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All About You: Be kind to yourself

Richard Hawk

EDITOR’S NOTE: Motivating employees to work safely is part of the safety professional’s job. But who motivates the motivator? In this monthly column, veteran safety pro and professional speaker Richard Hawk offers his entertaining brand of wisdom to inspire safety pros to perform at their best.

I’ve known my best friend for more than 30 years. He’s a sage man, and I call him every so often to ask about what he’s been reading and to get some book suggestions. Our conversations are enlightening and fun, and I cherish our time together. We’ve always treated each other kindly.

I haven’t always been as kind to myself. When I made a mistake, I’d berate myself – and even lose sleep over my mishaps. Time became a vicious taskmaster, and I’d get furious at myself because I didn’t get as much done as I had planned or didn’t practice, work out or give a talk precisely like I thought I should. Although I had no problems with my self-esteem, I wasn’t nice to myself.

But it’s an area of my life where I’ve significantly improved. Hecato, a Greek philosopher, once said: “What progress, you ask, have I made? I have begun to be a friend to myself.”

How about you? What are some ways you can become a “best friend” to yourself?

Here are my top three tips.

Take time for yourself

We spend most of our days, especially at work, serving others. It’s a mainstay of our profession. If you’re also a parent to young kids or teens, caring for them may take up a large part of your time when you’re at home. And kids or no kids, many of us log onto our computer or check our phones as soon as we get home from work.

I’m addicted to my phone. I always know where it is, and I check it way more than I need to. But I’ve realized that I need to take time for myself, away from clients’ possible emails and other work-related messages.

I make sure I don’t look at or even think about my virtual world for at least an hour a day – usually in the morning. I meditate for 40 minutes every day, so that takes up most of the time. But even after I meditate, I don’t look at my phone (although I want to!) for another 20-30 minutes. Time with myself means I’m a friend to my thoughts.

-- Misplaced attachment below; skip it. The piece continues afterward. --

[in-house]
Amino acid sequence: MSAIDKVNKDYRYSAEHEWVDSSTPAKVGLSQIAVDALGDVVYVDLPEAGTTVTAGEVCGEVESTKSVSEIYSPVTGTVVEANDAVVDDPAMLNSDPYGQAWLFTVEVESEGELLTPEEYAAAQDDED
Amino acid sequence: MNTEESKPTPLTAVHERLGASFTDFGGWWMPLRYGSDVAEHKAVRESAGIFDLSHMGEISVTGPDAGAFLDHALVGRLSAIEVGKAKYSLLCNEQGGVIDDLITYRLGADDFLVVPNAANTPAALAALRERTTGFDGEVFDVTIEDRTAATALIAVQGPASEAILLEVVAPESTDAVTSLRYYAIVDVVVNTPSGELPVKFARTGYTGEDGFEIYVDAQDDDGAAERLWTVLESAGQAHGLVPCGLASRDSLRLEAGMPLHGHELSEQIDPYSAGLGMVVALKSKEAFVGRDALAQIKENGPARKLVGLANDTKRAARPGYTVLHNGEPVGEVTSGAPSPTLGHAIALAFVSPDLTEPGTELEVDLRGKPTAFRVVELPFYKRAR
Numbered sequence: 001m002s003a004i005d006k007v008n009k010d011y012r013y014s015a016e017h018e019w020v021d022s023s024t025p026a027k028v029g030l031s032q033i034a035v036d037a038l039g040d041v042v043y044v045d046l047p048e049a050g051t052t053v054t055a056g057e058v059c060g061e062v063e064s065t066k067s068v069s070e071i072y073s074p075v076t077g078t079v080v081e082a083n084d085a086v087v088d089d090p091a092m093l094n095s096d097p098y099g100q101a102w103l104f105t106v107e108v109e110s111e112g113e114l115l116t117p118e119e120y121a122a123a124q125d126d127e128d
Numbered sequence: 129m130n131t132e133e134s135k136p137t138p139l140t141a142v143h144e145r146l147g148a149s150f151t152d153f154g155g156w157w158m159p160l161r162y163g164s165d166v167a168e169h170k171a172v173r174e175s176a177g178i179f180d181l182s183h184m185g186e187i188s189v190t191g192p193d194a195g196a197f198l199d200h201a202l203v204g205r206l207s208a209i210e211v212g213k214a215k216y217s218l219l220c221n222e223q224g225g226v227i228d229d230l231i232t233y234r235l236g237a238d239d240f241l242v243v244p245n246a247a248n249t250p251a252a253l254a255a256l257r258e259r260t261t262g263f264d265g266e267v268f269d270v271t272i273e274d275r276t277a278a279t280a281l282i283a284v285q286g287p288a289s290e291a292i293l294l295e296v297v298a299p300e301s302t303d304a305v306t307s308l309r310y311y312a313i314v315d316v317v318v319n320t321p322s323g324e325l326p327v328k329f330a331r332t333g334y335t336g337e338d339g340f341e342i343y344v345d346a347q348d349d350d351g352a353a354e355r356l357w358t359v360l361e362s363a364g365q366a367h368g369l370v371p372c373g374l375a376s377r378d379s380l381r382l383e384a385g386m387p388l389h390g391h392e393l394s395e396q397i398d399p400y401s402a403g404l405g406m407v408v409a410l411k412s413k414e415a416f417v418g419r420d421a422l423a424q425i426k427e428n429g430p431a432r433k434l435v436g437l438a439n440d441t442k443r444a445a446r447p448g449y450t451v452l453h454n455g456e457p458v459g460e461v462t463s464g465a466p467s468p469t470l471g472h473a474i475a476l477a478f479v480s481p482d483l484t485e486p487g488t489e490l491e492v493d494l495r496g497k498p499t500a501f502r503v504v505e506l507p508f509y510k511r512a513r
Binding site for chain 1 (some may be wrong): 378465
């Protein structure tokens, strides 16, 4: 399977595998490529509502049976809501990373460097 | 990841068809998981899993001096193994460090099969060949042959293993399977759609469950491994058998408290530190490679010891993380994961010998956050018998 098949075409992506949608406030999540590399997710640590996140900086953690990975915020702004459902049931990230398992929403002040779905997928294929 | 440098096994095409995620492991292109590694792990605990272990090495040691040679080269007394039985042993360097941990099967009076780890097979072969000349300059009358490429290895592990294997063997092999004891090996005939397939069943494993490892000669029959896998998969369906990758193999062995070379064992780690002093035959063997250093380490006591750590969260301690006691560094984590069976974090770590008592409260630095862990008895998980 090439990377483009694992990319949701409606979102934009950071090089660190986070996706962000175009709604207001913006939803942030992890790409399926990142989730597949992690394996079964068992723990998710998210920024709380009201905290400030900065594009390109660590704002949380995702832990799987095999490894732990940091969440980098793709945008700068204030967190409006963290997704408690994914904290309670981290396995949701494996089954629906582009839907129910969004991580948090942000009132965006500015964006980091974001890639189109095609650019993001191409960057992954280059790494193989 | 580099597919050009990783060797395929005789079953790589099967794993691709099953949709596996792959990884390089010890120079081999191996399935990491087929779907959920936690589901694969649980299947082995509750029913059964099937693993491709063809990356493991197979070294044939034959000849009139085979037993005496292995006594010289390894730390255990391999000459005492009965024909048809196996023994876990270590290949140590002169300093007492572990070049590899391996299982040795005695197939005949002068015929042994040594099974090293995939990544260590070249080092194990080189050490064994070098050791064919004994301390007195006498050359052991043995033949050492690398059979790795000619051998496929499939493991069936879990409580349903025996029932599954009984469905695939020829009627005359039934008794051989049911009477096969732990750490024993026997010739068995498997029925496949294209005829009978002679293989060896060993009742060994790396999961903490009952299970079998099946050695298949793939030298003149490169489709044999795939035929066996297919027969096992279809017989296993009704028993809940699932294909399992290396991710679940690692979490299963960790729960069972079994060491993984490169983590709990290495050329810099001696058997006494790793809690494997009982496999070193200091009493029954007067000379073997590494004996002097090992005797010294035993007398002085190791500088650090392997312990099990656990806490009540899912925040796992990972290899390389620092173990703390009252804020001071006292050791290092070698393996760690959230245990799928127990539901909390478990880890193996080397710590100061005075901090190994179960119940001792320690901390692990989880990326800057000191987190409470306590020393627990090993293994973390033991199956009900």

Cherish your simple pleasures

You have clean running water at your disposal every day. That’s a supreme blessing. Each morning, when I shower, I think about how fortunate I am to have shampoo, soap and other hygiene products at my disposal. The invention of these products has helped prevent all kinds of discomfort and disease throughout the world.

These grateful thoughts enlighten my feelings and put me in a bright mood, ready to arrive at work with a smile and pass along that positivity to co-workers. What simple things are you grateful for?

Give yourself a break

No matter how diligent or conscientious you are, you’ll make mistakes. Trust me when I tell you that the nuclear industry, in which I’ve been working the past few months, has myriad procedures and policies. Although I’m diligent as a radiation protection technician, I still make mistakes. Now, though, because I’m my best friend, I cut myself a break when I forget something or don’t do what I was supposed to.

We’re often our own worst critic. Being told to be my best friend is the wisest advice I’ve ever received and has given me much relief and joy. It can do the same for you.

This article represents the views of the author and should not be construed as a National Safety Council endorsement.

Richard Hawk helps leaders inspire employees to care more about their safety and health so “nobody gets hurt.” He also has a long history of success getting safety leaders to increase their influence and make safety fun. For more than 35 years, Richard’s safety keynotes, training sessions, books and “Safety Stuff” e-zine have made a positive difference in the safety and health field. Learn more about how Richard can improve your employees’ safety performance at

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